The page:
Date of Award
Master of Science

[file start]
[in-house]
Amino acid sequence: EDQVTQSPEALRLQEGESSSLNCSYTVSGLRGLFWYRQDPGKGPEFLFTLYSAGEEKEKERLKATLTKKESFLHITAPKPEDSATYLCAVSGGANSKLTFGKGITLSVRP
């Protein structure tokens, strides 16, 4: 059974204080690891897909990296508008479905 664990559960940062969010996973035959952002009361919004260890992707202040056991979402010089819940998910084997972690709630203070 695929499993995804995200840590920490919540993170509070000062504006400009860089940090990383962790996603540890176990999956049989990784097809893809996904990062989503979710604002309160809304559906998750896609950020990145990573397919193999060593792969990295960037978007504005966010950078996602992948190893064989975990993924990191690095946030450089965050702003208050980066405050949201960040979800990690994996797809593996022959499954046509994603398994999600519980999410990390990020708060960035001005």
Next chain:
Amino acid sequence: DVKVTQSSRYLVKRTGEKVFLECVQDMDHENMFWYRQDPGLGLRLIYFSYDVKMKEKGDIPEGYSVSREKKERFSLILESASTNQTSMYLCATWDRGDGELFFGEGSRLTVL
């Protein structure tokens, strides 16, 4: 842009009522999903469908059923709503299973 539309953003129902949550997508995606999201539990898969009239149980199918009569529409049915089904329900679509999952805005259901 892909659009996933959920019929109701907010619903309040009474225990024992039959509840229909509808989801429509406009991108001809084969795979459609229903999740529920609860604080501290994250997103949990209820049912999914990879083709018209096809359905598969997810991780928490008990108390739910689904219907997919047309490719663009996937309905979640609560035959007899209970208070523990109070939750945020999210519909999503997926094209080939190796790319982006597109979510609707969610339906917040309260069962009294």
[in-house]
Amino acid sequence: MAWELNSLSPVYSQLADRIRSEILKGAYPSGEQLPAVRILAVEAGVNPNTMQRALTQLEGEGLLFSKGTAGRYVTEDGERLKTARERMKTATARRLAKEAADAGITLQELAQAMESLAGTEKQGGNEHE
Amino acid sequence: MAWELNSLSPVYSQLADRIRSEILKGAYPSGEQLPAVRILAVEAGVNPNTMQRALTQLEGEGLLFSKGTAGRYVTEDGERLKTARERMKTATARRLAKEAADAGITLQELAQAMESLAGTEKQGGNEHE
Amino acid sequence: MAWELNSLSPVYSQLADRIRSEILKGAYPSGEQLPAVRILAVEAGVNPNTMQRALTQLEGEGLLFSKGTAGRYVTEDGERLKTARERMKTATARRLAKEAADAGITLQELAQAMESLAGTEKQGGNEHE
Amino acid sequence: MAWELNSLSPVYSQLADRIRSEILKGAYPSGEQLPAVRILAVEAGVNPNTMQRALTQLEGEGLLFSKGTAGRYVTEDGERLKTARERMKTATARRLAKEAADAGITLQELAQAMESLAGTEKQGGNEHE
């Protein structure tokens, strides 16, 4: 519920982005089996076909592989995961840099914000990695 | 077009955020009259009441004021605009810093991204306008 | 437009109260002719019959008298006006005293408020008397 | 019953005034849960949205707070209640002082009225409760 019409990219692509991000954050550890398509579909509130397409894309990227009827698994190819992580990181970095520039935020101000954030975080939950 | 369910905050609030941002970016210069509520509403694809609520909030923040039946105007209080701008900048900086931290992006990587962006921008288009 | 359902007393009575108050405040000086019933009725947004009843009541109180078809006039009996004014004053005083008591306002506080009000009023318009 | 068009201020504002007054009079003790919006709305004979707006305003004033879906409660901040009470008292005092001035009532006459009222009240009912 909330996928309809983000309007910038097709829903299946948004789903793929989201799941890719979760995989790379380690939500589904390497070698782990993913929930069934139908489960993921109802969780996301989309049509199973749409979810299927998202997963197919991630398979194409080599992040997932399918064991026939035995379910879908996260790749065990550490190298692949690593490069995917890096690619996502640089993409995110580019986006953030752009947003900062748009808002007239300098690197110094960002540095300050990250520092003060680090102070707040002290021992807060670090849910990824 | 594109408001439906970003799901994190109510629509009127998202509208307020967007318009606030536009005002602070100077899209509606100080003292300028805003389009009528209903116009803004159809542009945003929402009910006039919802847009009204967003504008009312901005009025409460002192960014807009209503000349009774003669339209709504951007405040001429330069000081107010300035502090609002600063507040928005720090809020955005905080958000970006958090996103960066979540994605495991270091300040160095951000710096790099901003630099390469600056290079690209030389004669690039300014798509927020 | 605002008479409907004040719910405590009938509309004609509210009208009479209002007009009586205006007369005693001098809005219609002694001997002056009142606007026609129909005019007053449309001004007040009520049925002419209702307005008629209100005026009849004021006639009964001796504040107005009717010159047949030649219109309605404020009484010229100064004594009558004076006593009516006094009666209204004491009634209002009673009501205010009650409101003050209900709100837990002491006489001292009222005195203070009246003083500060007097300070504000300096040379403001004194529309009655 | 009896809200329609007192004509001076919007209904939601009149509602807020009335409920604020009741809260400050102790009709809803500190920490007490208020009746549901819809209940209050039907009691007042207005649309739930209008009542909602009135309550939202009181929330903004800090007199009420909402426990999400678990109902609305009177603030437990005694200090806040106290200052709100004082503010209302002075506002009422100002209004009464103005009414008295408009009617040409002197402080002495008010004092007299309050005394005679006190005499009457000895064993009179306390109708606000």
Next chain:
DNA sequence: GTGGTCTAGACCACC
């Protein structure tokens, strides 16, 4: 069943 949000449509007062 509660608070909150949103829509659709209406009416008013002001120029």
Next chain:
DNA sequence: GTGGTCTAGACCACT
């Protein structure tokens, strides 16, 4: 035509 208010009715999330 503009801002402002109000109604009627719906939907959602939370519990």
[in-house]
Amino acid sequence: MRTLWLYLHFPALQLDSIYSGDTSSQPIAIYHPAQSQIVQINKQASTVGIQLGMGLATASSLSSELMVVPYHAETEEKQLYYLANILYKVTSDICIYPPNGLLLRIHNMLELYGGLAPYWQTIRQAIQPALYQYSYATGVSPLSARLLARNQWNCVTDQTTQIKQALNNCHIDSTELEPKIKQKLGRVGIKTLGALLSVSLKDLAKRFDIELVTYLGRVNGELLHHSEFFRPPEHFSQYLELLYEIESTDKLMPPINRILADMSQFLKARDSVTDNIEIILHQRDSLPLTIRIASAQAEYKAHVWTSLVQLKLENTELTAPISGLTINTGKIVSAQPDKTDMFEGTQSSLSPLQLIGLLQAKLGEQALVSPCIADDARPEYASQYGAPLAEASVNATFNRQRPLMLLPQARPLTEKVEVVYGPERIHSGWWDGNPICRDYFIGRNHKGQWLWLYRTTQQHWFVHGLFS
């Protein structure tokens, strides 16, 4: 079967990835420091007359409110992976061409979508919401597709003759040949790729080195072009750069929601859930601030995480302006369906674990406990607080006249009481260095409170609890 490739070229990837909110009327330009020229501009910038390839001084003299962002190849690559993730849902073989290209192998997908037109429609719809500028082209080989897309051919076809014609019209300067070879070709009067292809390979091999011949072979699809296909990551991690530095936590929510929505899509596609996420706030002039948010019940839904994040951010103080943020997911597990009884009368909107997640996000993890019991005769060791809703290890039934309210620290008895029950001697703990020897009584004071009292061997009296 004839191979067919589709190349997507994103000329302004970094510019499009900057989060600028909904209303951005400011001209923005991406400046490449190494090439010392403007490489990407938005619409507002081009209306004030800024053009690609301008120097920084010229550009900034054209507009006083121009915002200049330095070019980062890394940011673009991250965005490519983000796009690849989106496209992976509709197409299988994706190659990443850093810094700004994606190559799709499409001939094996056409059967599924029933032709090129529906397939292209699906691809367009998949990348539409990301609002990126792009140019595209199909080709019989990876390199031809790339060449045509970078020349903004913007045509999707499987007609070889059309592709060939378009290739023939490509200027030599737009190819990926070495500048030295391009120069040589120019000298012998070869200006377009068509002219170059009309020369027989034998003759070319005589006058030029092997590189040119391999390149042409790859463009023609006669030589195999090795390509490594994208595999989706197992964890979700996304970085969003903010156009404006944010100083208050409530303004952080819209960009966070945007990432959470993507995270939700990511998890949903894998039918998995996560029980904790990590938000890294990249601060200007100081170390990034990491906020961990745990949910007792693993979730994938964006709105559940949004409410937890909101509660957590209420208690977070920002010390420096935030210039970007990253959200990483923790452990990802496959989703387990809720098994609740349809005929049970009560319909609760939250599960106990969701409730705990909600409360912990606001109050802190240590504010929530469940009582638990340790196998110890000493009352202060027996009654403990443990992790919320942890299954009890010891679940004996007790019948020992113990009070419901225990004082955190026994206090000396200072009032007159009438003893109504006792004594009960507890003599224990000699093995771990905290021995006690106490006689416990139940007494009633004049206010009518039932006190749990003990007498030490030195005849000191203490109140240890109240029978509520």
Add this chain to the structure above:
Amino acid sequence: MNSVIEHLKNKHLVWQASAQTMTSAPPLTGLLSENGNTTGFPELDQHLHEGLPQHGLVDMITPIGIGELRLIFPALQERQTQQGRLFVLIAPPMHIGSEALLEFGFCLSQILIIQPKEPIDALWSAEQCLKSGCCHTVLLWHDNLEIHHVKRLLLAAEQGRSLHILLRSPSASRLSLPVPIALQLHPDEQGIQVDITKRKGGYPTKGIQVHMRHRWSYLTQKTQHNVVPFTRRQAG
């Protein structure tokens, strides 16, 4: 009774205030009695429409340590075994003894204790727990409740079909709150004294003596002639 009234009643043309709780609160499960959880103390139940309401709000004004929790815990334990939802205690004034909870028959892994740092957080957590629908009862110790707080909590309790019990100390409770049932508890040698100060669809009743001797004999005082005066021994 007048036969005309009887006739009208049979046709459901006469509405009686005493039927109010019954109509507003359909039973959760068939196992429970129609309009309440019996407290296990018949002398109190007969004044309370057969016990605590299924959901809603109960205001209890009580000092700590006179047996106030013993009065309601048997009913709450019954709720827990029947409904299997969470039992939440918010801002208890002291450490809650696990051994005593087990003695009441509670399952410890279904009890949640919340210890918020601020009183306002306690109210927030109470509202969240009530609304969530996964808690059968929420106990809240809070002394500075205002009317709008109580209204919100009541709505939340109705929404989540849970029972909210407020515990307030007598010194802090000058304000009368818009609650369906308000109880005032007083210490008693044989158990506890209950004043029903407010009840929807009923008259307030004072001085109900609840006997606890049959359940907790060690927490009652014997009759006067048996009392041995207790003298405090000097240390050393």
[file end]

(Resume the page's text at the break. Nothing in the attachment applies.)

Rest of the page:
Little research has been conducted in the Republic of Panama concerning mammalian predator and prey populations. New Technologies such as remote camera-traps, allow researcher to efficiently monitor elusive wildlife species within dense tropical vegetation. The general goal of this study was to establish concrete evidence of the felid population in EcoParque Panama-a newly designated protected area adjacent to Panama City. The specific objective of the study was to estimate the relative abundance of predators and prey species in order to determine the feasibility of releasing more felids into the area that were to be removed from the Panama Canal Expansion Zone. Camera-traps were purposefully located in likely felid habitat and data were collected for approximately 5 months. Photographs were analyzed according to species and location captured, and abundances were established. Using SPSS and Statistix statistical software, tests for association between likely habitat for felids and time activity periods for prey species were conducted. EcoParque was found to have a robust prey population with relatively few predators. Felid predators present include the ocelot (Leopardus pardalis) and jaguarundi (Felis yaguarondi). Results suggest that felid carrying capacity has not been reached and additional individuals could be released into the area. This preliminary study lays the ground work for further research in EcoParque as well as the rest of Panama concerning predator and prey species relationships.
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